Note to editors
About the High V.LO-City project: cities speeding up the integration of hydrogen buses
The High V.LO-City project, coordinated by the bus manufacturer Van Hool, started in 2012 and will run until the end of 2019. During the course of the project, 14 buses will be operated in 4 locations: Aberdeen, Scotland (4 buses), Antwerp, Belgium (5 buses), San Remo, Italy (3 buses) and Groningen, Netherlands (2 buses). The 14 fuel cell hydrogen buses will be used as like-to-like replacement of conventional diesel buses and trolley buses. The key project objectives are to increase the energy efficiency of the buses and reduce the cost of ownership, as well as to demonstrate an operational availability of the buses equivalent to diesel (over 90%). Another objective of the project is to contribute to the commercialisation of fuel cell electric buses in Europe.
Since the start of the project, more than 800.000km have already been travelled by the buses and their daily operation is proving that fuel cell electric buses can be put in operation with the same level of efficiency and flexibility as diesel buses.
About the Fuel Cells and Hydrogen Joint Undertaking
The Fuel Cells and Hydrogen Joint Undertaking (FCH JU) is a public-private partnership between the European Commission (DG Research and Innovation), Europe’s FCH industry (Hydrogen Europe) and research organisations (Hydrogen Europe Research), aiming at accelerating the market introduction of fuel cells and hydrogen technologies. For more information, please visit www.fch.europa.eu.
PitPoint is an international provider of clean fuels, which aims to avoid emissions and make 100% clean transport possible by 2030. It designs, builds, finances, operates and maintains public and private filling stations for CNG, LNG, biomethane, hydrogen and electric charging points, for companies and governments. With more than a decade of experience as a clean fuels systems integrator, PitPoint has the data, know-how and resources required to make clean fuels available and affordable. For more information visit www.pitpoint.nl/en or contact Belinda Simmelink (firstname.lastname@example.org or +31 6 5744 3586).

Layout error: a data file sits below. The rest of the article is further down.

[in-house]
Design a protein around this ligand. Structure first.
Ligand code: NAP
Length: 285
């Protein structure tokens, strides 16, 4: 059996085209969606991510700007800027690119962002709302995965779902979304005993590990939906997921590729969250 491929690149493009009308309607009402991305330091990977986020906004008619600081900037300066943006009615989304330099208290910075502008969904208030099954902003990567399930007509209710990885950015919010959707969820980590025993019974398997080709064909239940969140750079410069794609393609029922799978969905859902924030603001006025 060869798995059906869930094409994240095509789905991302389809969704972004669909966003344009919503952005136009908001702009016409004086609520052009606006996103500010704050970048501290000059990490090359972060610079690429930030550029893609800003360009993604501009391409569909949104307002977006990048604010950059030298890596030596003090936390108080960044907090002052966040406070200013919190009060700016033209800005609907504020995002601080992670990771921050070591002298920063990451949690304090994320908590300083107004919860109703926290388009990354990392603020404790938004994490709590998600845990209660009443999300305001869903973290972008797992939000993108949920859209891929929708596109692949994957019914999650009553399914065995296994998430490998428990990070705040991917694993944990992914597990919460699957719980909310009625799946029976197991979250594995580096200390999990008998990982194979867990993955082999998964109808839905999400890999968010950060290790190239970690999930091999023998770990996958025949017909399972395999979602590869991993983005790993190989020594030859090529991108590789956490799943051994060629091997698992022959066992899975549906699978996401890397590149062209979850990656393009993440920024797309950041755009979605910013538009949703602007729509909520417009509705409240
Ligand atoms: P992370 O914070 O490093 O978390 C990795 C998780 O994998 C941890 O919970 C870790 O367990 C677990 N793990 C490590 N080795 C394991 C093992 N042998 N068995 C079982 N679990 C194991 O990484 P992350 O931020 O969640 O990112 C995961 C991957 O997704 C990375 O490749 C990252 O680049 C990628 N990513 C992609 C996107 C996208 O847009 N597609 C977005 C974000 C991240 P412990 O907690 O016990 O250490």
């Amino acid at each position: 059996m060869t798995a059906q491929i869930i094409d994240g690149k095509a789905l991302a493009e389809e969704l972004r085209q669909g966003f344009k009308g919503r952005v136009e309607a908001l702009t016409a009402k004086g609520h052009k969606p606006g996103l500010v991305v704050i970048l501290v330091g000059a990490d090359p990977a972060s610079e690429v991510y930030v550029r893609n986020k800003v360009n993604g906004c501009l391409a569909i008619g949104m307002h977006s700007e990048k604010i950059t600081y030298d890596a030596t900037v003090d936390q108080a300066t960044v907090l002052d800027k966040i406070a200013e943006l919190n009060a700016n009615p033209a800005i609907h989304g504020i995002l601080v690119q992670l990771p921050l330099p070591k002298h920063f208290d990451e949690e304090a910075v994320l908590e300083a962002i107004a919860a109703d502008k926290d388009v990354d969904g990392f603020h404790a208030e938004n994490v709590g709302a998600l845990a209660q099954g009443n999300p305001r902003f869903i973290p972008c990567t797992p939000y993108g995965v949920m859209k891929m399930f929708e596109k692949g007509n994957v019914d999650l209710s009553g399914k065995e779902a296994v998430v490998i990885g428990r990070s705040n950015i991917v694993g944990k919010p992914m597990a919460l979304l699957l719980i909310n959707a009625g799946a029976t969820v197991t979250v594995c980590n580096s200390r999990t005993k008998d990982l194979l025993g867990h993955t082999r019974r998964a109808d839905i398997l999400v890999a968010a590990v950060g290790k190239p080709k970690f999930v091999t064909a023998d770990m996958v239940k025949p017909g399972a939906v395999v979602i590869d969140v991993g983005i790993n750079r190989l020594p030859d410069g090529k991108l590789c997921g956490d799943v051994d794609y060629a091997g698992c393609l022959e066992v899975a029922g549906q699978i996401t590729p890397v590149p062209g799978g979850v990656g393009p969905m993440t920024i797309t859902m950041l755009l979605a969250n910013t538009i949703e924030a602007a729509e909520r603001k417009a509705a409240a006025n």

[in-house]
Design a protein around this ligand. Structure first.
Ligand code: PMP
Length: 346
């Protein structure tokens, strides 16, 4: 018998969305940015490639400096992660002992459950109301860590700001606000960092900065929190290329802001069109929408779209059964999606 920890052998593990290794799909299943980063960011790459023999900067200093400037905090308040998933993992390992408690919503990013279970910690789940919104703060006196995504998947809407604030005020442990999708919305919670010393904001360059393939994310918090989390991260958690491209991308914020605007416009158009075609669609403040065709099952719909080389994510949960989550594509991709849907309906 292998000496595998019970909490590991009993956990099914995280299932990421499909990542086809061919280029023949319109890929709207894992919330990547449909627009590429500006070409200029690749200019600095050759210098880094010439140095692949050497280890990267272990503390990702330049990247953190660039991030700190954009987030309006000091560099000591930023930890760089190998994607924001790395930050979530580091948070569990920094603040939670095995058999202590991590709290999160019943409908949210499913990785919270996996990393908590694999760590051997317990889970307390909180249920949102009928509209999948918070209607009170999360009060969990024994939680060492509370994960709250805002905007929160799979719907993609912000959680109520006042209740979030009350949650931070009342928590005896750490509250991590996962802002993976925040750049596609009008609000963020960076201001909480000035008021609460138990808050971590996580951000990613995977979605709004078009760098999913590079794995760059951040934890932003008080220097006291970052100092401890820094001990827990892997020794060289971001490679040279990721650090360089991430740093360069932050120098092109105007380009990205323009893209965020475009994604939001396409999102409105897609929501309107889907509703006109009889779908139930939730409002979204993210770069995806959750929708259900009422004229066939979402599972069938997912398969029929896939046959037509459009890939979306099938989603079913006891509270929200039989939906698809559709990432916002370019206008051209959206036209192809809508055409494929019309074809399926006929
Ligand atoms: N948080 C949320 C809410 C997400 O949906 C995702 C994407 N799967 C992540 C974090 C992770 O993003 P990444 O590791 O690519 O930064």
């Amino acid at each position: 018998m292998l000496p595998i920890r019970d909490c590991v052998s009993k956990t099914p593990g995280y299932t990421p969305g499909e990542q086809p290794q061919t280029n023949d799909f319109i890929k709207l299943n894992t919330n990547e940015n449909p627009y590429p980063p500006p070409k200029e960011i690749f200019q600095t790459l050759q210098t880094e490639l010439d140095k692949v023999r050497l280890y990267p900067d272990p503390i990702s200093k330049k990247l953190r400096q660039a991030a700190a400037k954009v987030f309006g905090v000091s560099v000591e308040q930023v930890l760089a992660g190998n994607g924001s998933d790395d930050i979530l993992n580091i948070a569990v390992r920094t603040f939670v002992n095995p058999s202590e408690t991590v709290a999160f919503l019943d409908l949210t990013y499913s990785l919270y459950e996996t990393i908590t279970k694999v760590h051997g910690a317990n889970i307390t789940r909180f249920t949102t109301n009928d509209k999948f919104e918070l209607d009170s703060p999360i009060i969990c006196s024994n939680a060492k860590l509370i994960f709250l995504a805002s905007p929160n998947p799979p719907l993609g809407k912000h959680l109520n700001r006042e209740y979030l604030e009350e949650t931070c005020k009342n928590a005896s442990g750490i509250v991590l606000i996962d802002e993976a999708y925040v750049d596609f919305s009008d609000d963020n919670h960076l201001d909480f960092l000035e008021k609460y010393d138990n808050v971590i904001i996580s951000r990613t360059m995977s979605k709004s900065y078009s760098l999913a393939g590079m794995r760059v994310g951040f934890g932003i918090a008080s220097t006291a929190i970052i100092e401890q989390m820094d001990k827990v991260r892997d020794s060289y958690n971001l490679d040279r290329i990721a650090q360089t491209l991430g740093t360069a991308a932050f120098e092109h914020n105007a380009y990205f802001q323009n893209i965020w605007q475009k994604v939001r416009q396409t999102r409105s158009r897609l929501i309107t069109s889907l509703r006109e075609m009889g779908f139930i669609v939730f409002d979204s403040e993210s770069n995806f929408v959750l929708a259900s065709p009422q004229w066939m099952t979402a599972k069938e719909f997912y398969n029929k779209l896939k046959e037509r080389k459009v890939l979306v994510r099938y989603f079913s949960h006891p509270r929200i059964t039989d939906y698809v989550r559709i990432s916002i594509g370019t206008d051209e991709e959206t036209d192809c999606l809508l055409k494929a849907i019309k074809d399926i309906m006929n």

Qbuzz, the third operator of local public transport in the Netherlands, had a turnover of approximately 210 million euros in 2016 and EBIT of 9 million. Around 40% of its fleet is less than five years old; it has a total of 614 buses and 26 trams. In 2016 it transported approximately 160,000 passengers per day and it employs 1,670 people. Electronic ticketing, travel documents and client information are all integrated with other modes of public transport. For more information please visit www.qbuzz.nl
The fuel press release is available here.
The High V.LO-City project has received funding from the Fuel Cells and Hydrogen Joint Undertaking under the European Union’s 7th Framework Programme under grant agreement n°278192